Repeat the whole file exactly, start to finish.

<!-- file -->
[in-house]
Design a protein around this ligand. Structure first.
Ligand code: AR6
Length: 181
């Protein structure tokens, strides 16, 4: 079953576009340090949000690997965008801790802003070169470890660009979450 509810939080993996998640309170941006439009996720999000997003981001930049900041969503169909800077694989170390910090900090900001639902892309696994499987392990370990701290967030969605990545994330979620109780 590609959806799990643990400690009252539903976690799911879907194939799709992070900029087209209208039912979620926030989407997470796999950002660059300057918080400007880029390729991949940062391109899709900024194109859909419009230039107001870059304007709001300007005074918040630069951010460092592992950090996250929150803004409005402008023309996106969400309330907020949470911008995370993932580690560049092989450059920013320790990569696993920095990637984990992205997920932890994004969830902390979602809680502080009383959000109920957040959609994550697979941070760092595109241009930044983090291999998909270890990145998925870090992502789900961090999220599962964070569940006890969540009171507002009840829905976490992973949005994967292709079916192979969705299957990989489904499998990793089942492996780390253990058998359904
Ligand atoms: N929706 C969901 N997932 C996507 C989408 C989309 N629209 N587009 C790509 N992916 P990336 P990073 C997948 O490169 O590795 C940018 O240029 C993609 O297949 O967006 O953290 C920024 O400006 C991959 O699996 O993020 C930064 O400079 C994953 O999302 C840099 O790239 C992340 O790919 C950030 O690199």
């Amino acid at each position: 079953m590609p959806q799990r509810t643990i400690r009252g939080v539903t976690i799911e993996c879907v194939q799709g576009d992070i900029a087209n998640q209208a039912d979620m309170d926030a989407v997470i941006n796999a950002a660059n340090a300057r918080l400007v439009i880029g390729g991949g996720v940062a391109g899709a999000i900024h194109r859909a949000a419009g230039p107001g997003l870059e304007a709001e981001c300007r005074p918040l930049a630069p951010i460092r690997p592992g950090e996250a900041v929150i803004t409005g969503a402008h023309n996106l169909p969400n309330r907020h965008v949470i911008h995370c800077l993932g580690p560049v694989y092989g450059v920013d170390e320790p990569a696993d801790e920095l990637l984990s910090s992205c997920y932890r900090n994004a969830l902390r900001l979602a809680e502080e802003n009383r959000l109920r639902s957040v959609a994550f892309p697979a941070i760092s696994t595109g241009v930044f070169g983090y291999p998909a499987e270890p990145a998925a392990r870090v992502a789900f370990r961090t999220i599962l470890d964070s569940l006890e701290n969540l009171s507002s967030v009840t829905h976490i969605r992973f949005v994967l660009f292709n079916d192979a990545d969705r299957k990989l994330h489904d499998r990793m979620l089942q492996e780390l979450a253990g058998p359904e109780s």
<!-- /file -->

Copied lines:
[in-house]
Design a protein around this ligand. Structure first.
Ligand code: AR6
Length: 181
């Protein structure tokens, strides 16, 4: 079953576009340090949000690997965008801790802003070169470890660009979450 509810939080993996998640309170941006439009996720999000997003981001930049900041969503169909800077694989170390910090900090900001639902892309696994499987392990370990701290967030969605990545994330979620109780 590609959806799990643990400690009252539903976690799911879907194939799709992070900029087209209208039912979620926030989407997470796999950002660059300057918080400007880029390729991949940062391109899709900024194109859909419009230039107001870059304007709001300007005074918040630069951010460092592992950090996250929150803004409005402008023309996106969400309330907020949470911008995370993932580690560049092989450059920013320790990569696993920095990637984990992205997920932890994004969830902390979602809680502080009383959000109920957040959609994550697979941070760092595109241009930044983090291999998909270890990145998925870090992502789900961090999220599962964070569940006890969540009171507002009840829905976490992973949005994967292709079916192979969705299957990989489904499998990793089942492996780390253990058998359904
Ligand atoms: N929706 C969901 N997932 C996507 C989408 C989309 N629209 N587009 C790509 N992916 P990336 P990073 C997948 O490169 O590795 C940018 O240029 C993609 O297949 O967006 O953290 C920024 O400006 C991959 O699996 O993020 C930064 O400079 C994953 O999302 C840099 O790239 C992340 O790919 C950030 O690199």
């Amino acid at each position: 079953m590609p959806q799990r509810t643990i400690r009252g939080v539903t976690i799911e993996c879907v194939q799709g576009d992070i900029a087209n998640q209208a039912d979620m309170d926030a989407v997470i941006n796999a950002a660059n340090a300057r918080l400007v439009i880029g390729g991949g996720v940062a391109g899709a999000i900024h194109r859909a949000a419009g230039p107001g997003l870059e304007a709001e981001c300007r005074p918040l930049a630069p951010i460092r690997p592992g950090e996250a900041v929150i803004t409005g969503a402008h023309n996106l169909p969400n309330r907020h965008v949470i911008h995370c800077l993932g580690p560049v694989y092989g450059v920013d170390e320790p990569a696993d801790e920095l990637l984990s910090s992205c997920y932890r900090n994004a969830l902390r900001l979602a809680e502080e802003n009383r959000l109920r639902s957040v959609a994550f892309p697979a941070i760092s696994t595109g241009v930044f070169g983090y291999p998909a499987e270890p990145a998925a392990r870090v992502a789900f370990r961090t999220i599962l470890d964070s569940l006890e701290n969540l009171s507002s967030v009840t829905h976490i969605r992973f949005v994967l660009f292709n079916d192979a990545d969705r299957k990989l994330h489904d499998r990793m979620l089942q492996e780390l979450a253990g058998p359904e109780s």